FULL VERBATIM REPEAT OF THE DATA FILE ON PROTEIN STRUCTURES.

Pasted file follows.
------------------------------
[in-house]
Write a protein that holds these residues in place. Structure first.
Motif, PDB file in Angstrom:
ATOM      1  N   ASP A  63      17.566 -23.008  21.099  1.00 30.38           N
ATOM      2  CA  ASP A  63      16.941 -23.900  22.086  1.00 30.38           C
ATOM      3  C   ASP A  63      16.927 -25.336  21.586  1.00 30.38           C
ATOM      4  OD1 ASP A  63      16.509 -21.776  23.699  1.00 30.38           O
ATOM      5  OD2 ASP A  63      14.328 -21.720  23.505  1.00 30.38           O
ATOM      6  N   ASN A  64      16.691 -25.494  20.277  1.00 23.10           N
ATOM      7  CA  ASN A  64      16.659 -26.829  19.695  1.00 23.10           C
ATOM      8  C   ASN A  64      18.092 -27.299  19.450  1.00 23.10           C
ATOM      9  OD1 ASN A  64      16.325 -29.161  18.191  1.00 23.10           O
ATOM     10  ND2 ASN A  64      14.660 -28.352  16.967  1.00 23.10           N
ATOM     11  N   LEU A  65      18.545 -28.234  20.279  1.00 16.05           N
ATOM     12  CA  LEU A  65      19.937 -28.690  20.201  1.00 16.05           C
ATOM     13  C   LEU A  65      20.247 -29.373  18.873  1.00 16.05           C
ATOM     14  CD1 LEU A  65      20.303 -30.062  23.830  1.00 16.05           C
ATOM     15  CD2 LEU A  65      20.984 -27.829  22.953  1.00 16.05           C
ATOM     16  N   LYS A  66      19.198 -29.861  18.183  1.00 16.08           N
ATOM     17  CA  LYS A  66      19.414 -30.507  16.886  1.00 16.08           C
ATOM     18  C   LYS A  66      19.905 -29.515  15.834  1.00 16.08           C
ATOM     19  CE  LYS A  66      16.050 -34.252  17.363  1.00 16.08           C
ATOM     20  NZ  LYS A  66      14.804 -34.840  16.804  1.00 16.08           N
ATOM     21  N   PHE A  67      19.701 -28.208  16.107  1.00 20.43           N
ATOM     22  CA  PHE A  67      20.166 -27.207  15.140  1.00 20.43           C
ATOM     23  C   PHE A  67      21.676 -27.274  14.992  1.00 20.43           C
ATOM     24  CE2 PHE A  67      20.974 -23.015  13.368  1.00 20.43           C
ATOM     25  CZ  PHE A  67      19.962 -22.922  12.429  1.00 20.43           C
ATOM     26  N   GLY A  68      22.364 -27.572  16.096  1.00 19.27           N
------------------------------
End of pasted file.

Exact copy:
[in-house]
Write a protein that holds these residues in place. Structure first.
Motif, PDB file in Angstrom:
ATOM      1  N   ASP A  63      17.566 -23.008  21.099  1.00 30.38           N
ATOM      2  CA  ASP A  63      16.941 -23.900  22.086  1.00 30.38           C
ATOM      3  C   ASP A  63      16.927 -25.336  21.586  1.00 30.38           C
ATOM      4  OD1 ASP A  63      16.509 -21.776  23.699  1.00 30.38           O
ATOM      5  OD2 ASP A  63      14.328 -21.720  23.505  1.00 30.38           O
ATOM      6  N   ASN A  64      16.691 -25.494  20.277  1.00 23.10           N
ATOM      7  CA  ASN A  64      16.659 -26.829  19.695  1.00 23.10           C
ATOM      8  C   ASN A  64      18.092 -27.299  19.450  1.00 23.10           C
ATOM      9  OD1 ASN A  64      16.325 -29.161  18.191  1.00 23.10           O
ATOM     10  ND2 ASN A  64      14.660 -28.352  16.967  1.00 23.10           N
ATOM     11  N   LEU A  65      18.545 -28.234  20.279  1.00 16.05           N
ATOM     12  CA  LEU A  65      19.937 -28.690  20.201  1.00 16.05           C
ATOM     13  C   LEU A  65      20.247 -29.373  18.873  1.00 16.05           C
ATOM     14  CD1 LEU A  65      20.303 -30.062  23.830  1.00 16.05           C
ATOM     15  CD2 LEU A  65      20.984 -27.829  22.953  1.00 16.05           C
ATOM     16  N   LYS A  66      19.198 -29.861  18.183  1.00 16.08           N
ATOM     17  CA  LYS A  66      19.414 -30.507  16.886  1.00 16.08           C
ATOM     18  C   LYS A  66      19.905 -29.515  15.834  1.00 16.08           C
ATOM     19  CE  LYS A  66      16.050 -34.252  17.363  1.00 16.08           C
ATOM     20  NZ  LYS A  66      14.804 -34.840  16.804  1.00 16.08           N
ATOM     21  N   PHE A  67      19.701 -28.208  16.107  1.00 20.43           N
ATOM     22  CA  PHE A  67      20.166 -27.207  15.140  1.00 20.43           C
ATOM     23  C   PHE A  67      21.676 -27.274  14.992  1.00 20.43           C
ATOM     24  CE2 PHE A  67      20.974 -23.015  13.368  1.00 20.43           C
ATOM     25  CZ  PHE A  67      19.962 -22.922  12.429  1.00 20.43           C
ATOM     26  N   GLY A  68      22.364 -27.572  16.096  1.00 19.27           N